How ACEs Impact a Child's Health and Well Being

Research has shown that experiencing repeated adversity as a child can lead to long-lasting effects into adulthood. Children who are exposed to adverse childhood experiences (ACEs) can exhibit physical, emotional and psychological problems later on that can impact nearly every aspect of life. Toxic stress can affect how our brains develop and even our biological and genetic makeup. 

Experts have identified 10 different ACEs that are related to either abuse, neglect, or overall household dysfunction. Exposure to ACEs is extremely common; nearly 25% of all New Jersey residents have experienced at least one ACE, and 18% have experienced two or more. ACEs are associated with an increased risk for the leading adult causes of death, including cancer, diabetes, heart disease, stroke, Alzheimer’s and suicide.

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ACEs can affect us in ways that may not be immediately apparent, or in ways that are unexpected: 
 
ACEs can affect the size of our brains. When a person experiences toxic stress, the brain releases a hormone that shrinks the hippocampus, which processes memory, emotion and the management of stress. 
We may overreact to everyday experiences. We all have exposure to some level of stress in our lives. But when we are repeatedly put into painful situations as a child, our stress response is put into overdrive, and the ability to respond appropriately can be lost.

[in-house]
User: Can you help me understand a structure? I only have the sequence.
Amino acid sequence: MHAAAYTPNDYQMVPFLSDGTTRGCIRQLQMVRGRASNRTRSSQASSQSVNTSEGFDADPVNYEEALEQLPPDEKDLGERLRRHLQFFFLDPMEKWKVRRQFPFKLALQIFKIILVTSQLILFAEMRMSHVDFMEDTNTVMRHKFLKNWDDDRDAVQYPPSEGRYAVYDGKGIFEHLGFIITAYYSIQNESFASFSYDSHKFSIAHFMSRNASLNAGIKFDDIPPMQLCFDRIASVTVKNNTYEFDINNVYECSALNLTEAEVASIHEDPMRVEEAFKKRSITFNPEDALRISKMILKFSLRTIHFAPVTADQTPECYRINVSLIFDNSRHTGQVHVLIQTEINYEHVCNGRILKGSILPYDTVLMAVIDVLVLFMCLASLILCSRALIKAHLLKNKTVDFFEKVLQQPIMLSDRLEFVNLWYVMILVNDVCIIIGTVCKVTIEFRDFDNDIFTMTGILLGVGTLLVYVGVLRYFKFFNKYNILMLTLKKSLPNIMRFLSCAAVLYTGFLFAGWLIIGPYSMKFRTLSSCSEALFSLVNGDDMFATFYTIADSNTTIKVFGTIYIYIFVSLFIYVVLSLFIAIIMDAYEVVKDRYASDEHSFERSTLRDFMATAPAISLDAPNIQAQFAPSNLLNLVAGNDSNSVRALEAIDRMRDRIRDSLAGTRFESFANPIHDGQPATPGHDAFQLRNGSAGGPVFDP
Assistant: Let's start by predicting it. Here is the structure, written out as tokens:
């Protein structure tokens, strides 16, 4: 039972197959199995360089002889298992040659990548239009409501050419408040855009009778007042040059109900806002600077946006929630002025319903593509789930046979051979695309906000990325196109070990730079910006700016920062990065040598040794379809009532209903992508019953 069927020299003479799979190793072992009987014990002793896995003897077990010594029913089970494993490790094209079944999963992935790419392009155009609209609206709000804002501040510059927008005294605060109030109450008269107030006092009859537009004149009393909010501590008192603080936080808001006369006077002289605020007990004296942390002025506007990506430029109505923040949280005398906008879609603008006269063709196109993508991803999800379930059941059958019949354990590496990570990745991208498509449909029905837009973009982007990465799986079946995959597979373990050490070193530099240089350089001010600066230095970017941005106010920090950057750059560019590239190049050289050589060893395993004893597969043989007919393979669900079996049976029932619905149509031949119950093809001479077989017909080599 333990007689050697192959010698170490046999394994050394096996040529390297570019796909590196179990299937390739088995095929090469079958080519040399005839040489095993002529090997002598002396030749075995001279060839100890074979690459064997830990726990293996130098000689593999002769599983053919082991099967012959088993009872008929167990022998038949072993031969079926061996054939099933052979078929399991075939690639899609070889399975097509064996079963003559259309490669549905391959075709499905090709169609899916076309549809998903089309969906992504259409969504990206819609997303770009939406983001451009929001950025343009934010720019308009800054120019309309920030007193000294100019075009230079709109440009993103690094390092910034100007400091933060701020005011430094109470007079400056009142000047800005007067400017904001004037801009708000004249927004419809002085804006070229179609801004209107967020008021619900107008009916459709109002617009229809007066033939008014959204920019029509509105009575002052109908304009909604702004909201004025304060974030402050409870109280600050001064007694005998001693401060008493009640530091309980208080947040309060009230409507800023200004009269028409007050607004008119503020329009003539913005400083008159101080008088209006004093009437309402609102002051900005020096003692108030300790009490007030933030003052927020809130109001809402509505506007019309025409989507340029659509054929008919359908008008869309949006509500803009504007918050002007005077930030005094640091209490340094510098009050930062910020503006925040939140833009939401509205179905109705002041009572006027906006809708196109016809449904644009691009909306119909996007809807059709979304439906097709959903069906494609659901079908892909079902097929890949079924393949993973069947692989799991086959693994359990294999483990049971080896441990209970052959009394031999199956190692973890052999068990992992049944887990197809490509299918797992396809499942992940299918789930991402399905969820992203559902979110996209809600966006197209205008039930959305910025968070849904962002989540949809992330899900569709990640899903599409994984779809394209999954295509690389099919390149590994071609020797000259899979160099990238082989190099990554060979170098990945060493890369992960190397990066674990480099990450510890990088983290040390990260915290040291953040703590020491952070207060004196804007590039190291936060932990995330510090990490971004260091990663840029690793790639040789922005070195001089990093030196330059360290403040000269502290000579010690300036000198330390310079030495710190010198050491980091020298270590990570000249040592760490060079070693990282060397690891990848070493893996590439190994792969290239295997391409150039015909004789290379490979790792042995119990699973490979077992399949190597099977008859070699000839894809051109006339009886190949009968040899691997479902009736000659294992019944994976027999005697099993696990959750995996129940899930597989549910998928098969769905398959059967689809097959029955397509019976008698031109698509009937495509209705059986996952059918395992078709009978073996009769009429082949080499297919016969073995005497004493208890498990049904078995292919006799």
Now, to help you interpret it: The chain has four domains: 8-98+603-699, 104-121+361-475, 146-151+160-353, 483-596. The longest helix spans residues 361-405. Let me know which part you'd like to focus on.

Kids lack good models to manage their lives. Coming from a dysfunctional household often means a lack of consistency, and kids raised in these homes often have poor executive functioning and decision-making themselves. 
We can age faster. Early exposure to toxic stress is linked to greater erosion of telomeres, which are protective caps that cover DNA strands. As our telomeres become worn, we are exposed to more disease, and our cells age more rapidly. 
 
This may sound like grim news, but remember that humans are resilient. The earlier that we can identify a child who is experiencing ACEs, the earlier that those children and their families can be connected to services providing trauma-informed care, which can heal or even prevent the long term effects. Providing protective and positive experiences can also lessen the damage.

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The 7 C’s of resilience can help counteract early ACEs:

1) Confidence – Believing in one's own abilities.
2) Competence – Understanding one's skills and completing tasks successfully.
3) Connection – Building a support system by building connections with others.
4) Character – Demonstrating a clear sense of right and wrong.
5) Contribution – Allowing children to help others feels good and builds confidence.
6) Coping – Learning healthy coping strategies to deal with life’s ups and downs.
7) Control – Teaching children self-control and decision-making

To learn more about the 7Cs and ways to use them, see these suggestions from the American Academy of Pediatrics.

While exposure to ACEs can have devastating consequences, our brains and bodies are always in the process of changing and evolving. We can offset or even negate the effects of ACEs through nurturing and empathetic relationships with caring adults.